Showing posts from February, 2019

Tailgate Subtle Patriotism Hazy IPA

Tailgate knows how to make beer. The fact that they're a local Nashville brewery is just a bonus. The can art is... interesting. There's way too much to unpack on it from the oriental with the fu-man-choo and american flag vest to the noticeable pre-9/11 NYC skyline. Seriously, there's too much to unpack.

They're not kidding when they call it hazy. This is hazy and dense. Now, Cammo told me once that you get a hazy beer by just adding wheat at some point in the process, and I expect he knows what he means, but I'm not sure all of the Bearded Iris beers were heavy on wheat or grains. Let's skip the head - there isn't much, and it runs away scared. The aroma is lots of fruits - tropical and citrus. I can practically taste the mango from just having the beer sit near me. This is going to be good.

First sip is fruit up front, but it's heavy grains on the back end. The beer is bitter and tart, and the finish is inelegant and unsubtle. I know they were being …

Hi-Wire Horchata 10W-40 Imperial Stout

When beers start to call themselves things like Pothole Filler and W00tstout, it becomes apparent that marketing is integral to the success of a good beer. Yes, Budweiser can sell itself on pure Americana (with a Czech name) but most other brewers have to work for it. So, claiming to be a kind of oil intrigues me enough to try this out. The fact that Hi-Wire's summer lager was so good means that this is tracking pretty good.

Black as the oil from which it gets its name, the beer has a brown head that disappears quickly and leaves a soft dusting of bubbles on top and around the ring. The aroma is thick with chocolate, vanilla, and spices. It smells damn good.

First sip definitely includes almonds. I almost expected the sweet smoothness of a milk stout, but this one is definitely the imposing malt of an imperial stout. It has those almonds almost mixed into almond milk and then added to the chocolate's bitterness.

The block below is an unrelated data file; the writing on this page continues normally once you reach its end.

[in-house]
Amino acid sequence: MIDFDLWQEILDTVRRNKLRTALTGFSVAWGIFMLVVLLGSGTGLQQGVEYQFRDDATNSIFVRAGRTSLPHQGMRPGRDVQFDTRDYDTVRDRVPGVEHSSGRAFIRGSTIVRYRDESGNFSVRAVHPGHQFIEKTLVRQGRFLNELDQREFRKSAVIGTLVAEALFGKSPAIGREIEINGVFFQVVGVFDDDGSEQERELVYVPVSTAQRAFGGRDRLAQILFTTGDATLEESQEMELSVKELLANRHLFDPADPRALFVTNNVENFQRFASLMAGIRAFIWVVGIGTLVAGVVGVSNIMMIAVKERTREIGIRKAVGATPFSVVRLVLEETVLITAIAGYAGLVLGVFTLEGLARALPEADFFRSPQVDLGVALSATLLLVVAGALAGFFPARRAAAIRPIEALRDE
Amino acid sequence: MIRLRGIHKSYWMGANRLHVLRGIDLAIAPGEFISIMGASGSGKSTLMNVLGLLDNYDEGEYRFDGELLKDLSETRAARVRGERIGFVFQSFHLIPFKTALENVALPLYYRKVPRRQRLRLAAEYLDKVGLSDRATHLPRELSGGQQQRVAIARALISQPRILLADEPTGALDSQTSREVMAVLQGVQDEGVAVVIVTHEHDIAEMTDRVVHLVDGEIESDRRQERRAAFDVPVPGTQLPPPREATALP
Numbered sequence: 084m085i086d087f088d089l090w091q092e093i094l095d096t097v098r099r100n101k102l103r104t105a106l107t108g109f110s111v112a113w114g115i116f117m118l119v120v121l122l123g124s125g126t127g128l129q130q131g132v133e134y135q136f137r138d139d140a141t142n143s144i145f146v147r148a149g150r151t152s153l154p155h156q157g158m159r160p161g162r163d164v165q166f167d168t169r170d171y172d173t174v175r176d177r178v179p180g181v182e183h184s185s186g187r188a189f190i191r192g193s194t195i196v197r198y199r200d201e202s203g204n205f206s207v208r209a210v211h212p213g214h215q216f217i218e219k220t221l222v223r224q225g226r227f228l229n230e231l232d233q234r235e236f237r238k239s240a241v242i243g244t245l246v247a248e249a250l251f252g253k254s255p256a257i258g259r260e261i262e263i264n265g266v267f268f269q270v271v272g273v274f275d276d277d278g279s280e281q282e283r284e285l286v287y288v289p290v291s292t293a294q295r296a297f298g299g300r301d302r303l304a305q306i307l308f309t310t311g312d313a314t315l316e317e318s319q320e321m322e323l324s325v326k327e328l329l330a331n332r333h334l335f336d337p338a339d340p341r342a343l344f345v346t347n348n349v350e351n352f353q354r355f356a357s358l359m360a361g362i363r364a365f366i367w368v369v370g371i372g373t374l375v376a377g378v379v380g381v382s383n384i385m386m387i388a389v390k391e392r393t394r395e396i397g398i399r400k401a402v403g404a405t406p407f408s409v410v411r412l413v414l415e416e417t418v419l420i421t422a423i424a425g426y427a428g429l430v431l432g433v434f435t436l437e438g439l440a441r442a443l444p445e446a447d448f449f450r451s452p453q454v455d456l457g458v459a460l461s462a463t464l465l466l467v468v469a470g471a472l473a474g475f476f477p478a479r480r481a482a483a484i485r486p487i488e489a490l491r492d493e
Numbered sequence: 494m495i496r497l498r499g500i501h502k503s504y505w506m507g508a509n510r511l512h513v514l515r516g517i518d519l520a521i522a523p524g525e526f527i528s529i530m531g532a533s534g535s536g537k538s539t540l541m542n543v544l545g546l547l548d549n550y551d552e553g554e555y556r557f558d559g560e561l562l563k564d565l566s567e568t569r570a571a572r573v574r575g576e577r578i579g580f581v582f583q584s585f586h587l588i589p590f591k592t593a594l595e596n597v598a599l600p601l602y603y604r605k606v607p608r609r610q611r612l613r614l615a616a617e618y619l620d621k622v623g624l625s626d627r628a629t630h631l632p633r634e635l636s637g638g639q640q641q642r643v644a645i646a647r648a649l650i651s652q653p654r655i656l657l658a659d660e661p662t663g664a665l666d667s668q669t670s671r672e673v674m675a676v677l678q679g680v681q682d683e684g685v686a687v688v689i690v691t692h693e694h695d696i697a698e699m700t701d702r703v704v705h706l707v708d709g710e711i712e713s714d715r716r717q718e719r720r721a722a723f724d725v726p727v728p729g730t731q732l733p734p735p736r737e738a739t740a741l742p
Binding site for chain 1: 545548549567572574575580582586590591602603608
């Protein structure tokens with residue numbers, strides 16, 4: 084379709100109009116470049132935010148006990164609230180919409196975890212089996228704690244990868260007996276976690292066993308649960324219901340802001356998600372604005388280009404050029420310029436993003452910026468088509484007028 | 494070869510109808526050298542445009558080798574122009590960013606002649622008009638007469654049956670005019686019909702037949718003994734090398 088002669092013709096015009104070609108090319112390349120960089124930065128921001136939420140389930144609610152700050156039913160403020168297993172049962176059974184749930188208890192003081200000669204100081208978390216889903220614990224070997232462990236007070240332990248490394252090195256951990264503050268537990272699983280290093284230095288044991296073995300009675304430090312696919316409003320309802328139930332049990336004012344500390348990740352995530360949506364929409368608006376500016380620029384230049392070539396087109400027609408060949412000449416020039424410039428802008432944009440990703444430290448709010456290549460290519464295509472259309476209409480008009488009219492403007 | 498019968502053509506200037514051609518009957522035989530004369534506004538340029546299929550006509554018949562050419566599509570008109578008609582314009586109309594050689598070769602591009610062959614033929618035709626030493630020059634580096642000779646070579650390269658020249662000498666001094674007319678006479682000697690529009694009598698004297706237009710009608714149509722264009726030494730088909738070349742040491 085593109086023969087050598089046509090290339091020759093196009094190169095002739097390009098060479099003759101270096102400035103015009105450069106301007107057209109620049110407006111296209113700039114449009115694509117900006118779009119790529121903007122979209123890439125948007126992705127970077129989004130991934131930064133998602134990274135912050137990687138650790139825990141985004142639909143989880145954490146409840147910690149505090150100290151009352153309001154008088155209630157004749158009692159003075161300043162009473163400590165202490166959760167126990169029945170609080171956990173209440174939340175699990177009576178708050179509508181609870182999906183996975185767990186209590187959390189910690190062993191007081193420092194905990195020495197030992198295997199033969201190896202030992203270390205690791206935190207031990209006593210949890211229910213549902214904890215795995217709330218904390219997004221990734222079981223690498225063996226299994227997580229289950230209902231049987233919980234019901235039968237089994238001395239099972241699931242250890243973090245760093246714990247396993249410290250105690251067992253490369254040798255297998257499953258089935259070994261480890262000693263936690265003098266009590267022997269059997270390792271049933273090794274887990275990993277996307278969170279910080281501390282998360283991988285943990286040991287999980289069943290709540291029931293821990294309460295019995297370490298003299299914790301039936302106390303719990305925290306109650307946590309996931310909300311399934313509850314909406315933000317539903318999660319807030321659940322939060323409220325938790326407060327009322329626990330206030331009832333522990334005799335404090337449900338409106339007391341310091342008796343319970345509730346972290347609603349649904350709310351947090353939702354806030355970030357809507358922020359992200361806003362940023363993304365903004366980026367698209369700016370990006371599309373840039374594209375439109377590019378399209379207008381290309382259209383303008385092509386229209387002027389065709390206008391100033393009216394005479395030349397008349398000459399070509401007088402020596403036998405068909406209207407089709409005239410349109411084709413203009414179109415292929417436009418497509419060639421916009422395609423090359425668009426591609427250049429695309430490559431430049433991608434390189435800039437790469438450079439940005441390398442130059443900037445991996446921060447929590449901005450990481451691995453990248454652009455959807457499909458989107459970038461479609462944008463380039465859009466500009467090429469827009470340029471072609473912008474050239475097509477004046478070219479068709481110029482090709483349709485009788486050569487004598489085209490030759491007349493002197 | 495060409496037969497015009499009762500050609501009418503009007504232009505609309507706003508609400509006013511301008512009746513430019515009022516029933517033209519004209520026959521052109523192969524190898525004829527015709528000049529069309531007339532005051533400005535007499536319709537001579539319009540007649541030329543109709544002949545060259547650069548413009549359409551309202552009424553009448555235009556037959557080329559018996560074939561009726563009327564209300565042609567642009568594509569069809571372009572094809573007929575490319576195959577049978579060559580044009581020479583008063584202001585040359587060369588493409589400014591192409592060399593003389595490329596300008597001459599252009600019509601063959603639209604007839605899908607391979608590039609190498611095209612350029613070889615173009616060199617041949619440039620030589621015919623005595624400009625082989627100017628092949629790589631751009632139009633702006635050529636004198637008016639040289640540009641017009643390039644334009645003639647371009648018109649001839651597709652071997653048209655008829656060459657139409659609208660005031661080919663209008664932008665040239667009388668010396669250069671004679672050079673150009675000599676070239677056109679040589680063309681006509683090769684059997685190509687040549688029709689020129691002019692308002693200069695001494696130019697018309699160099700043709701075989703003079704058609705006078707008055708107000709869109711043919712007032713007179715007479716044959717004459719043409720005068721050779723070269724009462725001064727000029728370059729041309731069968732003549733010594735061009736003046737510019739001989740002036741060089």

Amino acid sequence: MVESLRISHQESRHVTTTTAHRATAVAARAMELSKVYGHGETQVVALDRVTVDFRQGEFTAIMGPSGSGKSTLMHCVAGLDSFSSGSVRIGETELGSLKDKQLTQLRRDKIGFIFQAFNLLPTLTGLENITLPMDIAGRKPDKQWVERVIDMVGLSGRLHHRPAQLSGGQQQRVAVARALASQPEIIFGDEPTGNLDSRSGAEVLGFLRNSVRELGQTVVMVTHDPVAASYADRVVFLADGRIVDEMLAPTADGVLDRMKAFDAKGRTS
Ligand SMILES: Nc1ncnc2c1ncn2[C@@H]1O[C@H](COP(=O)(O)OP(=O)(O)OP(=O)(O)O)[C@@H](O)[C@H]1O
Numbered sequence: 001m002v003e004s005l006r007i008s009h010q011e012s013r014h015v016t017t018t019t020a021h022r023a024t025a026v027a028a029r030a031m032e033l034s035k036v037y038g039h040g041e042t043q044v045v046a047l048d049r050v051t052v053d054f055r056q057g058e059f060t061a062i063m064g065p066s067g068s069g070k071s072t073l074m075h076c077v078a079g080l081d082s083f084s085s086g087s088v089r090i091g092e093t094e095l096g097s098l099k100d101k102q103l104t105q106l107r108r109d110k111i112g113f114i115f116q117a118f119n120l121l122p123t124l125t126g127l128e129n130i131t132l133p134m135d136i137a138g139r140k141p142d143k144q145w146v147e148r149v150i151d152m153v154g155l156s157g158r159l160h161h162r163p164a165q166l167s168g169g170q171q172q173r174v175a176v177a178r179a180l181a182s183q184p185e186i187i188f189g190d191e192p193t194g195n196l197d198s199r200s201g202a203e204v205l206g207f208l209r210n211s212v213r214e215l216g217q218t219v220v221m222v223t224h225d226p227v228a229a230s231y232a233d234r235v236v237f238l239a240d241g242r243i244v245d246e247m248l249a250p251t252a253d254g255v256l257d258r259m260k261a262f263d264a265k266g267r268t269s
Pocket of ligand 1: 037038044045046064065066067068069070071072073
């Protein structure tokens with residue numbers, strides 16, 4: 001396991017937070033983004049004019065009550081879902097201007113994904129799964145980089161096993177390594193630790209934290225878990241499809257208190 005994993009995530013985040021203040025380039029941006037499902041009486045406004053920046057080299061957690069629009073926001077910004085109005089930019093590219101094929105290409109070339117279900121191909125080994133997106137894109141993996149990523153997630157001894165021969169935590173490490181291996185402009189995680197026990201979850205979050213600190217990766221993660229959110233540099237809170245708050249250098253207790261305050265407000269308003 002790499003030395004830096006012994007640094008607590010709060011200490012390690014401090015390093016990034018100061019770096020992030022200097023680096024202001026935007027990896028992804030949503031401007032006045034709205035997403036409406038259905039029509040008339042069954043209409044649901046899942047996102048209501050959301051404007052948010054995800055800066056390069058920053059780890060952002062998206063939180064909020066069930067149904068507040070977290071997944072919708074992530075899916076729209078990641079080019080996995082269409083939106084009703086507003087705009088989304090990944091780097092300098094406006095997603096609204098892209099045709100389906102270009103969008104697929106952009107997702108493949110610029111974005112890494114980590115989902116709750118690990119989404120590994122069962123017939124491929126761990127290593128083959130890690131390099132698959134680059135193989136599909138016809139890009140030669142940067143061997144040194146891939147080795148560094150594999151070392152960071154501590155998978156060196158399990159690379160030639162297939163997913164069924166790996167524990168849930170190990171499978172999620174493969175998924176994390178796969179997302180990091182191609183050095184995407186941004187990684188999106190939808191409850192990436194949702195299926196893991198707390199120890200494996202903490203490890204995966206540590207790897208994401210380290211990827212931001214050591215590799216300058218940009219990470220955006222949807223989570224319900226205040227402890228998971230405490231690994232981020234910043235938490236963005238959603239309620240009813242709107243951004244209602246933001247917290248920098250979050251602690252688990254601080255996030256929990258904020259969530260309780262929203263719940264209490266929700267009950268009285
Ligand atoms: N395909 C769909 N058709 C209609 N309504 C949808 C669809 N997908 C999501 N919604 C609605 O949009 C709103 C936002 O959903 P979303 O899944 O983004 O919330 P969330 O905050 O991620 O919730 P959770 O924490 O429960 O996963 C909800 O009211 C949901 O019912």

Tip-in is heavy earth and sweet chocolate with almost no carbonat…

Terrapin Blueberry Thyme Saison Ale

This brewery has bounced around a bit, but their highs are higher than their lows. I approach this beer with more than a little trepidation. This was the last beer that I'd been putting off drinking in my beer fridge. Once I do this one, the rest are all new beers - no holdover reviews (I do still have some beers in there that are already reviewed).

I didn't expect red. This is a red beer made with blueberries. BLUEberries. But, no, we're looking at a red beer, alright. The pink head fizzles quickly, and the very scant patch of bubbles remaining are notably small. The aroma is very strong sour fruits, but I think I smell cherries more than blueberries. I like both fruits, but I dislike sour, so I don't know what will happen next.

First sip is fortunately only slightly sour, but it's overall taste isn't good. The thyme and whatever other spices got tossed into the top of the vat are leaving a pretty nasty taste after the fruity middle (still haven't picked a…

Uinta Birthday Suit Sour Cherry Blonde Ale

The nature of my relationship with beer is that I don't like sour beers. I really enjoyed the surge of hipster hop-heavy beers, as it aligned with my likes. The fact that the hipsters have moved on to sour beers means that our relationship is at an end. This doesn't mean my relationship with Uinta is ended, though, so I figured I'd just try it out.

This is a pretty beer. The presentation is certainly helped by the tall glass that was part of the set the wife bought for me. The color is more interesting than normal - it goes from yellow-gold at the bottom to a slight red tint at the top. The head is fleeting, but it keeps getting fed by a very carbonation-heavy beer underneath. The aroma is sour cherries; it's the let down in an otherwise good presentation.